Matt Rossignol and Andy Nickerson were among girls basketball coaches throughout the state who were stunned Tuesday upon hearing the news that Cindy Blodgett had been dismissed as women’s basketball coach at the University of Maine.
“Anytime somebody loses their job you’ve got to feel bad,” said Rossignol, a 1989 UMaine graduate who amassed 1,297 total points for the Black Bears.
“When you talk about basketball in Maine, not just male or female, she is one of the biggest names in all of Maine basketball,” added Rossignol, now the girls varsity coach at Van Buren.
“I look at Cindy as one of the most influential (basketball people) in the state,” said Karen (Sirois) Magnusson, girls basketball coach at Cony High School in Augusta.
“It’s a sad situation,” Magnusson added.
Nickerson, the girls varsity coach at Brewer who played football at UMaine, said he had an outstanding business relationship with Blodgett over the years.
“I like Cindy a lot, I enjoyed working with her,” said Nickerson, who also owns Wight’s Sporting Goods in Hampden. “I think she’s tried extremely hard to turn that program around, but I think it’s been a challenge for her, to say the least.”
Blodgett was fired Tuesday after four seasons as UMaine’s head coach, in which she compiled a 24-94 record.
Kori Dionne, who has coached the Nokomis girls basketball team to back-to-back Eastern Maine Class B championships after a solid playing career at Bangor High School, looked up to Blodgett a great deal as a player.
“It was a lot of fun to go up there and watch them play at that time,” said Dionne.
Rossignol was shocked that Blodgett was let go, especially given the fact she had two years remaining on a contract extension she had signed last fall.
“Now you’ve got to pay two coaches. That makes it difficult,” he said. “My main reaction is I feel bad. I was one of those who was rooting for her to be successful.”
Rossignol can certainly sympathize with Blodgett, as Jim Boylen, a friend and former UMaine teammate, was recently let go by the University of Utah after a four-year tenure.
“After his second year I believe they re-negotiated his contract,” Rossignol said.
Nickerson, who graduated from UMaine in 1988, said Blodgett was the consummate professional.
“We did have a quality relationship between Wight’s and women’s basketball at UMaine,” he said.
Blodgett did work extremely hard to turn the program around, but Dionne noted it was tough for Blodgett to work with former coach Ann McInerny’s recruits her first two seasons.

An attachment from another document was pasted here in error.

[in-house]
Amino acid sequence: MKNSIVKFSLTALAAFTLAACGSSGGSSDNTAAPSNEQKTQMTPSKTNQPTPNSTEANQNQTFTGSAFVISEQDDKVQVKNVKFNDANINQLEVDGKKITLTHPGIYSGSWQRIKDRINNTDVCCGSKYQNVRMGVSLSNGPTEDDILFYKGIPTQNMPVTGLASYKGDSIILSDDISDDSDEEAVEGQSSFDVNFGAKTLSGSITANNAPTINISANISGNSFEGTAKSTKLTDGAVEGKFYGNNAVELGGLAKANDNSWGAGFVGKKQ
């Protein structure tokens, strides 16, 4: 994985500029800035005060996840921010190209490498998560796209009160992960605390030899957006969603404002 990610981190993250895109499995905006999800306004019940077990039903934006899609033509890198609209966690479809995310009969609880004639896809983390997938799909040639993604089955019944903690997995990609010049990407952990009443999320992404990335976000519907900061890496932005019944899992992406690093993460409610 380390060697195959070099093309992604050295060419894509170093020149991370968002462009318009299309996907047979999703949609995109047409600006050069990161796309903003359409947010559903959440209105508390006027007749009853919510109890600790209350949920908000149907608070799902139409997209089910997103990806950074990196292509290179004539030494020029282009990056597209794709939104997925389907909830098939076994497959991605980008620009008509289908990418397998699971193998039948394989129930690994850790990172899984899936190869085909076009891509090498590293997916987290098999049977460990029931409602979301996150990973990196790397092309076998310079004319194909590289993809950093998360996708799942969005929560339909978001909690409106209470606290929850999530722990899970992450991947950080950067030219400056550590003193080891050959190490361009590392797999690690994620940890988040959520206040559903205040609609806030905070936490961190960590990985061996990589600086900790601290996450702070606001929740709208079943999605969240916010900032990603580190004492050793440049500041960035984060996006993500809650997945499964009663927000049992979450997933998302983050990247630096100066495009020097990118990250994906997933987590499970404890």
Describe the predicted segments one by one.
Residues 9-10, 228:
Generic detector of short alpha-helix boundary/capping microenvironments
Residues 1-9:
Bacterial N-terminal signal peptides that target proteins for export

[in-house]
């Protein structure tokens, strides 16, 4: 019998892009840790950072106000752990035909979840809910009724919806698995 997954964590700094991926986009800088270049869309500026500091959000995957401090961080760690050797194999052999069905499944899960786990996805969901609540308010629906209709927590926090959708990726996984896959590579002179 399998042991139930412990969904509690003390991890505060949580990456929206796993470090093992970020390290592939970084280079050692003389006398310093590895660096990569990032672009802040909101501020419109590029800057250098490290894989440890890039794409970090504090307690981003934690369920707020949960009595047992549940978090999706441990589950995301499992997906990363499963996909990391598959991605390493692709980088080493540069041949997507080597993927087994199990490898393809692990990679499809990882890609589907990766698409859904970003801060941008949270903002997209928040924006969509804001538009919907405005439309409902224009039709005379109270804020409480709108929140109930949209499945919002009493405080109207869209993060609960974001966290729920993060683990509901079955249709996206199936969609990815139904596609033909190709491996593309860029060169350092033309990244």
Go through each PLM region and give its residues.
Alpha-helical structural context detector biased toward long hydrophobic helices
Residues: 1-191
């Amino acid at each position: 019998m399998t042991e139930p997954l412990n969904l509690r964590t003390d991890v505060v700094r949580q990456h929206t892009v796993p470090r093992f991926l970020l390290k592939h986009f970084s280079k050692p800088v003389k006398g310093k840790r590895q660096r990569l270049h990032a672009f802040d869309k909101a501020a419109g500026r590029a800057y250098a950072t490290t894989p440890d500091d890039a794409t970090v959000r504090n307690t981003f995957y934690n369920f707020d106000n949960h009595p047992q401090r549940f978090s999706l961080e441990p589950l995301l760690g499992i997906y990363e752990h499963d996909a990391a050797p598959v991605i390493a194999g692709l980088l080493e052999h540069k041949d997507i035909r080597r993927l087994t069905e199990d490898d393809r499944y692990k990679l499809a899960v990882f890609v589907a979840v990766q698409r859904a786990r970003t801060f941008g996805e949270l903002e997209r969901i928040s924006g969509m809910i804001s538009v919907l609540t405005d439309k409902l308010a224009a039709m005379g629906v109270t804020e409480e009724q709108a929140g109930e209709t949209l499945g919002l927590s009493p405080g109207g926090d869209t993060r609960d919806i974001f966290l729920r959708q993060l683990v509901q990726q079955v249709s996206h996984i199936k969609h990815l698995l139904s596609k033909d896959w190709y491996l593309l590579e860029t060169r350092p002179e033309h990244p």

“Working with the previous coach’s recruits, you’ve got to get some kids to buy into what you’re doing,” Dionne said.
Magnusson felt the same as Dionne on that point.
“It’s hard when you take over someone else’s team. It seems you spend the first couple of years getting to know the players,” said Magnusson, who played at Cony and the University of Maine-Farmington.
“I think most people thought she had a couple more years,” added Magnusson, ”and I think she did, too.”
As a player, Blodgett led the Black Bears to four straight conference titles and NCAA Tournament appearances, but success as a player doesn’t automatically lead to success as a coach.
“I think that probably would’ve been the toughest part of the job, for people to see her as that player,” said Dionne. “I think she was a rare athlete.”
Blodgett’s teams also had tough luck with injuries, with players such as Tanna Ross and Rachele Burns missing time, while some of the state’s top schoolgirl players, such as Kayla Burchill and Nicole Taylor, decided to take their talents out of state.
“Kids (have) got to go where they’re the most comfortable,” Nickerson explained. “We’ve had a few quality recruits come up (UMaine). We’ve had some injury problems over the last few years. We’ve had some kids that got here that I guess didn’t embrace it here.”
Basketball is certainly in the blood of the Rossignol family, as Parise Rossignol, Matt’s daughter and a freshman at Van Buren, led the state by averaging nearly 29 points per game.
“My daughter has always said she aspires to play there,” Rossignol said.
Magnusson felt Blodgett had one primary thought in her work with the Black Bears.
“She always wanted what was best for the program,” said Magnusson.
While Nickerson can sympathize with Blodgett, he knows that at the Division I level, winning is a huge part of the job.
“Unfortunately for Cindy, success hasn’t measured up to the level of efforts she’s put into it,” he said.